Nonetheless, web design and development is one area where you can literally spend thousands of dollars and never shake the hands of the team working for you. How ridiculous does that sound? This one is simply a matter of preference for me, but I'm based in a world-class city. Others may not have the luxury. I’m sure that for the sake of argument you might be able to come up with a few other areas where you would spend significant amounts of money and never physically meet the person that’s cashing your checks, but none come to mind right now. Everybody has their own philosophy, and I will admit that I’ve personally done non-local business like this before and have been quite pleased with the end product. I’ve also been burnt like forgotten toaster bread. Big time. Generally, for me, I won’t do business with anyone I can’t reach out and choke should something go wrong or if directions need to be changed on a dime. Minimally, I like to keep the lines of communication wide open. This is not a knock on foreign labor. Hell, I buy nothing but Hondas, but you should protect your brand and your ideas even more fiercely than your car keys, especially with a web development project where functionality is so important. In my opinion only, there’s almost no need for the small business owner to send your dollars elsewhere when there’s talent next door. So although you could possibly spend a little more by keeping your work domestic (U.S. based designers and developers typically charge more), it could save you time on re-designs, break-fixes, and generally going from A to Z without the other barriers that could potentially impede progress. Just consider that when something goes wrong, and it will (it always does...), how far will you have to travel to have that one meeting that will get a project back on track?
Here's a caveat to the previous point! So you’re knee deep into a project and realize that, after time, your getting emails from someone that doesn’t have a superior grasp on grammar. This is a tough one, because I’m inclined to screw up grammatically every now and then myself (Call it poetic justice), but you know you can tell when something’s amiss. I have personal anecdotes. Contact me and I'll tell you all about it! Look, I read Tim Ferris’ book too, and it sounds great until you’re the one writing checks and experiencing a drop off in customer service. Don’t be afraid to ask your designer or developer who will be doing the work, where they are based, and if any of your project will be outsourced at any time! Outsourcing is not a bad thing, but when you’ve set expectations it can definitely impact your relationship with your developer, going forward.
Do Not pay if milestones haven’t been met! This one needs little clarification, but generally, a good idea is to treat your web project like your kitchen remodel - why in the bleepidy bleep should you pay for a granite counter top installation if it hasn't been installed yet, right? You should be able to see progress from milestone to milestone and if promises have been made, these milestones will give you some leverage should a dispute occur. Hopefully your designer has predicted progress accurately. Acknowledging that nobody's perfect, but these are the hallmarks of an experienced designer, developer or project manager, and someone you want to maintain a professional relationship with in perpetuity. Others may promise the sun for the price of moonlight. For those, I say, "Buyer beware!"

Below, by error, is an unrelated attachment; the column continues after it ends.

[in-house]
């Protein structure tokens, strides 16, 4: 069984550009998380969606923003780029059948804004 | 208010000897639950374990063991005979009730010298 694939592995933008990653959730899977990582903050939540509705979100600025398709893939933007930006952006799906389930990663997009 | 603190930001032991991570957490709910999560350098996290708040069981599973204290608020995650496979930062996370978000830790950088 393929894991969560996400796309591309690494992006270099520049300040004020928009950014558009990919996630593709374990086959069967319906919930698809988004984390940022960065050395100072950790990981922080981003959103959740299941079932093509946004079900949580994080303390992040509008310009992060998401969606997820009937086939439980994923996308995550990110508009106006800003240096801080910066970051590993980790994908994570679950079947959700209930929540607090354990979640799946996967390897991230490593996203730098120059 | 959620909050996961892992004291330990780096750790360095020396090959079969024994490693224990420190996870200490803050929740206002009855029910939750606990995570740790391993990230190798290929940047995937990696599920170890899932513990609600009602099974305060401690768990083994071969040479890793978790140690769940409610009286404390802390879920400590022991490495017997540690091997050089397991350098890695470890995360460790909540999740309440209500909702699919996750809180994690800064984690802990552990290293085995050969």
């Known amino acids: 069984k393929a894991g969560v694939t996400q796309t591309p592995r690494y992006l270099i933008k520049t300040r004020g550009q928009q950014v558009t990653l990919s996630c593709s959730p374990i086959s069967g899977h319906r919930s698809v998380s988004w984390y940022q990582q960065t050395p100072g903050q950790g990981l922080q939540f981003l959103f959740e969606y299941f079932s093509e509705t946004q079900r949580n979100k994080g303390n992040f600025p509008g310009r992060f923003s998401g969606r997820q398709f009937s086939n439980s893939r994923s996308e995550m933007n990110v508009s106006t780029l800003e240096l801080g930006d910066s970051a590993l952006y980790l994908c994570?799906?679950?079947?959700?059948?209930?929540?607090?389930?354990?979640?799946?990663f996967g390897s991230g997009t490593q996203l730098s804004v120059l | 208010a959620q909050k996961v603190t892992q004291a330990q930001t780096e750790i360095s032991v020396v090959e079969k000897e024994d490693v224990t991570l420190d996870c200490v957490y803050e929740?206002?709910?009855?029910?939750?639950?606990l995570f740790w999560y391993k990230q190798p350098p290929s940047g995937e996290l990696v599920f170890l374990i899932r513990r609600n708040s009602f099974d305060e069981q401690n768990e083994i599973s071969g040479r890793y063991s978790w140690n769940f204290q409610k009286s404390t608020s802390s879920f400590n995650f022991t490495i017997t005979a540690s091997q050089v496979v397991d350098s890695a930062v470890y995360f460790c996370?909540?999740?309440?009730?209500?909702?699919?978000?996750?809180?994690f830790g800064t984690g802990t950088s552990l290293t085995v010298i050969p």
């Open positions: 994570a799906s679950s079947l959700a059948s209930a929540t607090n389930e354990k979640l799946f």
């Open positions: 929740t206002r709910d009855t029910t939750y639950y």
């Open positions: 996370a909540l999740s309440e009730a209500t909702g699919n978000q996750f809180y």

At some point all of your hard work and patience will pay off, and you’ll have a finished product whether it be a simple brochure-like website or a full-on, custom web application. Regardless, before that final payment, test the site, all of the links and functionality to make absolutely sure it operates as intended. Do not leave anything untouched here. I mean, assume that your users will do the craziest, non-sensical stuff on your site. We've acknowledged that nobody's perfect and you can expect mistakes to happen. Most are even easily fixable, but its best to know before that final handshake than well after when the team has moved on to other projects. If your product is a web application this process will be more detailed and formalized. Ask your developer what type of testing they have in place. Ask for user acceptance testing. Ask if you can gather some of your friends to beat the application or site up. Hopefully you have it worked in where any changes at that point in the project won’t cost you your first born. Bottom line is its best to make changes at that time, than to publish a project you’re not completely proud of and satisfied with.
The web is a playground and it’s become a way of life both for the casual user and the hardcore business person. We’re interacting with the web in ways today that weren’t thought of by the masses even just 10 short years ago. While we’ve come to rely on the internet and web as a means to share and access information, it’s still fresh enough, with just the right amount of misunderstanding, that you, that small business owner, could be taken advantage of if you're not careful. Hopefully this article will make you slightly more informed, and therefore more powerful as you try to figure this web thing out.
Whatever you decide, I wish your project success!
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Southland's Web Demystification series is for micro, small and medium business owners that desire to make that leap to the web but might not know exactly how to do it. By inlcuding some insightful tips and tricks we hope to empower the small business owner, and with good information give them the boost of confidence they may need to go from ground to launch. To be notified when more articles are published on Southland Creative